The violin was Georg Philip Telemann’s preferred instrument. Contrary to all convention, he published a collection of six duo sonatas for violin with basso continuo as his Opus 1. The creative independence documented by this move drew on his profound knowledge of contemporary styles and of course is also reflected in his own works. Stephan Schardt now for the first time has recorded these sonatas by Telemann. Along with Elisabeth Wand and Sonja Kemnitzer, he surprises us with a brilliant display of virtuosity and fine expression.
Telemann’s ideas range over a wide spectrum. Deep melancholy pervades the beginning of the Sonata in B minor, beginning with an extended introduction in the bass part. When the violin finally enters, it produces a mere single tone that does not want to end. How different things are in the gigue of the Sonata in D major, which seems to have come tumbling out of an Irish pub. It is full of witty ideas and plays with our listening expectations – while the virtuoso clearly takes special delight in the pleasure offered by this folkloristic insert.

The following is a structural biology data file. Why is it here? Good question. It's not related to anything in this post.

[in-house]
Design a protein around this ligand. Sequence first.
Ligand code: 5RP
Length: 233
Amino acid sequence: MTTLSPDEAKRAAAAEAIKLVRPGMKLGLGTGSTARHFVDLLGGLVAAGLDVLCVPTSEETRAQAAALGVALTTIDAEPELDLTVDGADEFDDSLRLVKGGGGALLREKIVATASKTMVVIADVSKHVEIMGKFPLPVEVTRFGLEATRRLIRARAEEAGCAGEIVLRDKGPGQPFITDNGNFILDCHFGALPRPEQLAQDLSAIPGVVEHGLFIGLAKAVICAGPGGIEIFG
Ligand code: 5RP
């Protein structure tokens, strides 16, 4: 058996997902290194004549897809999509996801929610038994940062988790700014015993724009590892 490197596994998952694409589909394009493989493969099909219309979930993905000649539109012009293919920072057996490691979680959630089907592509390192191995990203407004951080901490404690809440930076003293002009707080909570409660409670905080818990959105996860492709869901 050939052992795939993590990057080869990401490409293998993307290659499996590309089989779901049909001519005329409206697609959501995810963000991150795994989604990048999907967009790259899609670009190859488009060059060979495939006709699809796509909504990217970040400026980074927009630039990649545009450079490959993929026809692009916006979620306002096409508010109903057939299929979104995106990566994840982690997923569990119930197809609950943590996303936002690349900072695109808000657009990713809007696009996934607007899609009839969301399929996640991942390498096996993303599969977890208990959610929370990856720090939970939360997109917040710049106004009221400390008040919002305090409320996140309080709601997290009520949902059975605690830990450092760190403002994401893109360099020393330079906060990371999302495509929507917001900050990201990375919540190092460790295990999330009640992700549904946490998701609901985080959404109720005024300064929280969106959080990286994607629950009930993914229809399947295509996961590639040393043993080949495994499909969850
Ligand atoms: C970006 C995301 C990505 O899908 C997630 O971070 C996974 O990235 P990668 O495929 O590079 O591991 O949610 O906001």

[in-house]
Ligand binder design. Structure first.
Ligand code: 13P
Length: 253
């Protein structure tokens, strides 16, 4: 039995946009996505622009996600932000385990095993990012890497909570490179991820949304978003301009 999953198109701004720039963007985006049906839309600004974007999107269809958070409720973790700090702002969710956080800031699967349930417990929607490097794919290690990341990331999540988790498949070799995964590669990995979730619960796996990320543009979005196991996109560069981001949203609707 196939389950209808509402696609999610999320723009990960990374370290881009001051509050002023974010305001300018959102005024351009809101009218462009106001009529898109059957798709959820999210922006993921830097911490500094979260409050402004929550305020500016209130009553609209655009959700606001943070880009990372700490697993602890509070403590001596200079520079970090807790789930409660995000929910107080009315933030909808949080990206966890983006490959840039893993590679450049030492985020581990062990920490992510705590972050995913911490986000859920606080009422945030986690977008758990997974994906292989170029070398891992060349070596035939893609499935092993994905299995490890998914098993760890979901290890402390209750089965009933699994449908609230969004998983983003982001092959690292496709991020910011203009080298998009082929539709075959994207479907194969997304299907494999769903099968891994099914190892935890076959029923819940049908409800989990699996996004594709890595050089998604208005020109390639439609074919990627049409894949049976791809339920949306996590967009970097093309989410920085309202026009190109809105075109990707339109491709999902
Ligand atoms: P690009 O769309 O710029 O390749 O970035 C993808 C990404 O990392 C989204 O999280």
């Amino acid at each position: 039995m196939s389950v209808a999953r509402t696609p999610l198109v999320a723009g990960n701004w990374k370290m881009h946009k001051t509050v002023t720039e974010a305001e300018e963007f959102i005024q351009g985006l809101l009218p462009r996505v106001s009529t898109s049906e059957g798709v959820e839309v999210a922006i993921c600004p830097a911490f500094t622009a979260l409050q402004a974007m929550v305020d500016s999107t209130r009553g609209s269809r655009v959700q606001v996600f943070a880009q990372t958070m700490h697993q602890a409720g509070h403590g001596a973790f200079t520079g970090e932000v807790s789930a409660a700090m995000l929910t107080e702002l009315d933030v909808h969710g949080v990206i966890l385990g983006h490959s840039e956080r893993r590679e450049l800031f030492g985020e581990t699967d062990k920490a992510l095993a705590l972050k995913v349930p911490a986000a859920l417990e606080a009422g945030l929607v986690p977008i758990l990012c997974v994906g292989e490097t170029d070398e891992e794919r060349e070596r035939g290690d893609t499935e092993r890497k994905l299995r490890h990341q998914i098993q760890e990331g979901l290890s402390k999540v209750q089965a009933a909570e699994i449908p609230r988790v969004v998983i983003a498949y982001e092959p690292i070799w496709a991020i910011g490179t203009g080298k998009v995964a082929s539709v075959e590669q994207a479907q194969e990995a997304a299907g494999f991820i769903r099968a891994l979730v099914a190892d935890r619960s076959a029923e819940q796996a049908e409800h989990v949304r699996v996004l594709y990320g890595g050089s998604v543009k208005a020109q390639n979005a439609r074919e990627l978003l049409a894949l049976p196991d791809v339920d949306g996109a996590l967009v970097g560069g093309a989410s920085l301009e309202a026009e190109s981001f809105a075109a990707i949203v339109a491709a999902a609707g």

Stephan Schardt is an outstanding violinist and a highly expressive musician with a superb knowledge of baroque performance style (and naturally of the relevant theoretical writings). He was the concertmaster of the Musica Antiqua Köln for many years and is a genuine windfall for this first recording. Just listen to the wealth of imagination in tasteful ornaments ranging from the simple mordent to fully prescribed repetitions! Here and there extended improvisations are found; his two fellow musicians skillfully respond to them and complement them with fabulous inspiration.
Telemann’s spirited first work is also shown in its proper audio light. How could anything else be expected – given the fact that this recording has been carefully produced on SACD in genuine 2+2+2 recording style? The music very naturally detaches itself from loudspeakers and creates you-are-there listening space. As Telemann wrote, “Music wants | that a man devote himself to the whole of it.” And so we do!